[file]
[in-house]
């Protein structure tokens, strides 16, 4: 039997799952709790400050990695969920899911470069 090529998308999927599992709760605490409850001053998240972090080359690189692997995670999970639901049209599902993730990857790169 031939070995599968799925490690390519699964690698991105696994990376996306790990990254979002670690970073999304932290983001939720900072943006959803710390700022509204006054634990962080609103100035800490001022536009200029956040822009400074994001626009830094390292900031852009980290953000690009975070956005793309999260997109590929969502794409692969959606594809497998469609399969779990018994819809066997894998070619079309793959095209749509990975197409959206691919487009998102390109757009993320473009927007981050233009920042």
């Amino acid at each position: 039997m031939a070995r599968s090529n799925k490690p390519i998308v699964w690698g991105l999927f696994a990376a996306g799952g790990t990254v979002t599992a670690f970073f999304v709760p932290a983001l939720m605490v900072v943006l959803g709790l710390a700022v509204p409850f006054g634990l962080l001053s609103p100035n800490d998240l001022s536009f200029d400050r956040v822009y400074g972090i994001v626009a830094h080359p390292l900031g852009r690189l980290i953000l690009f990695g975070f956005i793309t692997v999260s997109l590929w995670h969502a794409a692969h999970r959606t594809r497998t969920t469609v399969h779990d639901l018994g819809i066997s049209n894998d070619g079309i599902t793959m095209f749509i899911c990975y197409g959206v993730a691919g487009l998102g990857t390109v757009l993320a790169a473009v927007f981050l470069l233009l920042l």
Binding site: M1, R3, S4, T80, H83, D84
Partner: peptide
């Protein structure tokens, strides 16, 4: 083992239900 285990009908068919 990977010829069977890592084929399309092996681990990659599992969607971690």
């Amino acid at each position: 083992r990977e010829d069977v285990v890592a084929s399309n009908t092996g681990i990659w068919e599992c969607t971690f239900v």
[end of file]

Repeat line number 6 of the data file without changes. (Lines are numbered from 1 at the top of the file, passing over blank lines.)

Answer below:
């Protein structure tokens, strides 16, 4: 083992239900 285990009908068919 990977010829069977890592084929399309092996681990990659599992969607971690």